This anniversary seems to have garnered more attention than marking his birth that occurred 52 years prior to his death. Did you know that he was born on April 23rd, 1564 and also died on April 23rd, 1616 in Stratford-upon-Avon, UK? Rare is the man who dies on his birthday. None by choice, most likely.

There have been all kinds of theories about his career as a playwright--that someone else actually wrote the plays for him. Never proven or he would not be as popular today.

I found a fun website that highlighted 10 phrases from Shakespeare's works that we still use today. Many of us have said them without ever realizing we are quoting Shakespeare. If you want to read the entire page with the source of the sayings, go here. Wouldn't we all love to think that the words we have written will still be read, heard and said more than 400 years from now? Just imagine!

For those who want only the list, here it is: (note that all are actual quotes from the plays)

  • Good riddance
  • Break the ice
  • Wild goose chase
  • Love is blind
  • Naked truth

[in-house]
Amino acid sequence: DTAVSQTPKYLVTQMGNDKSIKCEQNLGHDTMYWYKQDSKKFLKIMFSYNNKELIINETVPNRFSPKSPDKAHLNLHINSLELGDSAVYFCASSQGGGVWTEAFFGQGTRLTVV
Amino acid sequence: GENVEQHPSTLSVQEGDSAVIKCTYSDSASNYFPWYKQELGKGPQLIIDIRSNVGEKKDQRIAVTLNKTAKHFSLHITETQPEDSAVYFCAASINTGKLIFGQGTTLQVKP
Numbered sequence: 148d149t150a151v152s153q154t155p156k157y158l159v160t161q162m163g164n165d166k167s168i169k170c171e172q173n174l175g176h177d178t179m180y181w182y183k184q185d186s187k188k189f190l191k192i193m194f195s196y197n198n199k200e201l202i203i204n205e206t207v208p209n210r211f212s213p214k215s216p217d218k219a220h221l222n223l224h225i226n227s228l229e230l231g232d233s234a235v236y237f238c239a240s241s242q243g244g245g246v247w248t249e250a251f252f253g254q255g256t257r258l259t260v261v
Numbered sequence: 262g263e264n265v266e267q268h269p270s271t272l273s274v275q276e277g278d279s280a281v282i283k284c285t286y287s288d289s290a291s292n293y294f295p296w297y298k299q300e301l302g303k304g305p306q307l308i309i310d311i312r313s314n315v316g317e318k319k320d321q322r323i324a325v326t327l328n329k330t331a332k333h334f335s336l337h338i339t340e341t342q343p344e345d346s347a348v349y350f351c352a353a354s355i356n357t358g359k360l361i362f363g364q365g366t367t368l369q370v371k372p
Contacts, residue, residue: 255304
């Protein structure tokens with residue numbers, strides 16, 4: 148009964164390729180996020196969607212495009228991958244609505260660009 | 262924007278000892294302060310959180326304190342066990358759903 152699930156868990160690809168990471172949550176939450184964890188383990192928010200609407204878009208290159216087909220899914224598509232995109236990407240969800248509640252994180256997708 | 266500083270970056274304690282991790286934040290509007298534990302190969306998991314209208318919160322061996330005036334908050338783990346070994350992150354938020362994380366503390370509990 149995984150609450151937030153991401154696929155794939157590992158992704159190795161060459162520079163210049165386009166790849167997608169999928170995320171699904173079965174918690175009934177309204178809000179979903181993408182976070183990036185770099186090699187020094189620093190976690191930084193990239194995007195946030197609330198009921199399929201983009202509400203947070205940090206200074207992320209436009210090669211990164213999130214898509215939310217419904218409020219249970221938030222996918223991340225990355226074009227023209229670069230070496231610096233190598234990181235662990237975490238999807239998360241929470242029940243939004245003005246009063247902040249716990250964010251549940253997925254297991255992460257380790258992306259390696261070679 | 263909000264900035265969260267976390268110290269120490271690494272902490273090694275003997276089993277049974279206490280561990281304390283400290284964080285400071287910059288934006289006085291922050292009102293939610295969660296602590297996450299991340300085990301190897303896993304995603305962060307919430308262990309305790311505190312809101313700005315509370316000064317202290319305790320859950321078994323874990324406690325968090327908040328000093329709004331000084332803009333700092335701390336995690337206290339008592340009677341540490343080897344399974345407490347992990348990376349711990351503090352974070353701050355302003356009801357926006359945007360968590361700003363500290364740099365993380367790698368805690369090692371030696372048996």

• Brave new world
  • Green eyed monster
  • Bated breath
  • (Fight) fire with fire
  • Laughing stock
We've all used at least some of the quotes in the list, whether in conversaton or when we write. I'm quite sure that my critique group would mark some of them with cliche. No doubt they might be considered such having been used for more than 400 years. Even so, these are some very good sayings.

Shakespeare's Birthplace




Friday, April 22, 2016

Flint Hills Phtoto Prompt Exercise



Today's photo prompt exercise is going to challenge your imagination. This is a scene of the tallgrass prairie that surrounds our community. I've often thought that we could be a runner up to Montana's nickname of Big Sky Country.

Study this picture for awhile and use your imagination. Who or what is beyond the hill? What has happened here? What might happen later? What time period is it? What season? Ask yourself many questions before you begin to write.

Try more than one writing. Go in different directions. Remember that these exercises can result in a full story, essay or article that can be submitted to an editor. They are good practice but also used for inspiration.